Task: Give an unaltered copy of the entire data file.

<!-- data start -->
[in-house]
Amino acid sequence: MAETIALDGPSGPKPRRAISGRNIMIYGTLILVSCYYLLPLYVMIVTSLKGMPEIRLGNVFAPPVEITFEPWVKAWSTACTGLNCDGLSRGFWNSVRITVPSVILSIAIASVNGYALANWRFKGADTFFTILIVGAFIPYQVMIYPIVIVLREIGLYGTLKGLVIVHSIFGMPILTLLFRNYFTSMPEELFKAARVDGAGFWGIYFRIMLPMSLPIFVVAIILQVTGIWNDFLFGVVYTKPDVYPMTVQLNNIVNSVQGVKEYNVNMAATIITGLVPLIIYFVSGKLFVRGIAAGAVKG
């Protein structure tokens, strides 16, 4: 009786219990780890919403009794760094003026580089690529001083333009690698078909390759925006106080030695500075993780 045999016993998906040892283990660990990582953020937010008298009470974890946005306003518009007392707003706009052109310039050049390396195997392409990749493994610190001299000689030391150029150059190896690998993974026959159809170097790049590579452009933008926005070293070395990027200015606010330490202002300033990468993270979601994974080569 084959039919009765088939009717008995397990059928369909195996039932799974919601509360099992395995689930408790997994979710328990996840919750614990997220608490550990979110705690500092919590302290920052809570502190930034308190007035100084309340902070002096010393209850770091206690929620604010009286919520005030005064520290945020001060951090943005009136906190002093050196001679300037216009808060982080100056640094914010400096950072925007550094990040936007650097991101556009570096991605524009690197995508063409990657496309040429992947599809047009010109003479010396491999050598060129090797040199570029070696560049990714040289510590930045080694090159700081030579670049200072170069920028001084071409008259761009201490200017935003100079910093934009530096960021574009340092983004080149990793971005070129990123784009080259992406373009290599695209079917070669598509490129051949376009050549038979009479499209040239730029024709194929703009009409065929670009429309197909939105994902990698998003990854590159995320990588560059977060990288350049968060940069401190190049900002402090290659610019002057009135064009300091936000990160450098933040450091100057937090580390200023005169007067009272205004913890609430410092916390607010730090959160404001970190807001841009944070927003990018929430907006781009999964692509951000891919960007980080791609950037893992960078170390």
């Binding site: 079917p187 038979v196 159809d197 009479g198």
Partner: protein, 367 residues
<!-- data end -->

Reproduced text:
[in-house]
Amino acid sequence: MAETIALDGPSGPKPRRAISGRNIMIYGTLILVSCYYLLPLYVMIVTSLKGMPEIRLGNVFAPPVEITFEPWVKAWSTACTGLNCDGLSRGFWNSVRITVPSVILSIAIASVNGYALANWRFKGADTFFTILIVGAFIPYQVMIYPIVIVLREIGLYGTLKGLVIVHSIFGMPILTLLFRNYFTSMPEELFKAARVDGAGFWGIYFRIMLPMSLPIFVVAIILQVTGIWNDFLFGVVYTKPDVYPMTVQLNNIVNSVQGVKEYNVNMAATIITGLVPLIIYFVSGKLFVRGIAAGAVKG
């Protein structure tokens, strides 16, 4: 009786219990780890919403009794760094003026580089690529001083333009690698078909390759925006106080030695500075993780 045999016993998906040892283990660990990582953020937010008298009470974890946005306003518009007392707003706009052109310039050049390396195997392409990749493994610190001299000689030391150029150059190896690998993974026959159809170097790049590579452009933008926005070293070395990027200015606010330490202002300033990468993270979601994974080569 084959039919009765088939009717008995397990059928369909195996039932799974919601509360099992395995689930408790997994979710328990996840919750614990997220608490550990979110705690500092919590302290920052809570502190930034308190007035100084309340902070002096010393209850770091206690929620604010009286919520005030005064520290945020001060951090943005009136906190002093050196001679300037216009808060982080100056640094914010400096950072925007550094990040936007650097991101556009570096991605524009690197995508063409990657496309040429992947599809047009010109003479010396491999050598060129090797040199570029070696560049990714040289510590930045080694090159700081030579670049200072170069920028001084071409008259761009201490200017935003100079910093934009530096960021574009340092983004080149990793971005070129990123784009080259992406373009290599695209079917070669598509490129051949376009050549038979009479499209040239730029024709194929703009009409065929670009429309197909939105994902990698998003990854590159995320990588560059977060990288350049968060940069401190190049900002402090290659610019002057009135064009300091936000990160450098933040450091100057937090580390200023005169007067009272205004913890609430410092916390607010730090959160404001970190807001841009944070927003990018929430907006781009999964692509951000891919960007980080791609950037893992960078170390």
């Binding site: 079917p187 038979v196 159809d197 009479g198």
Partner: protein, 367 residues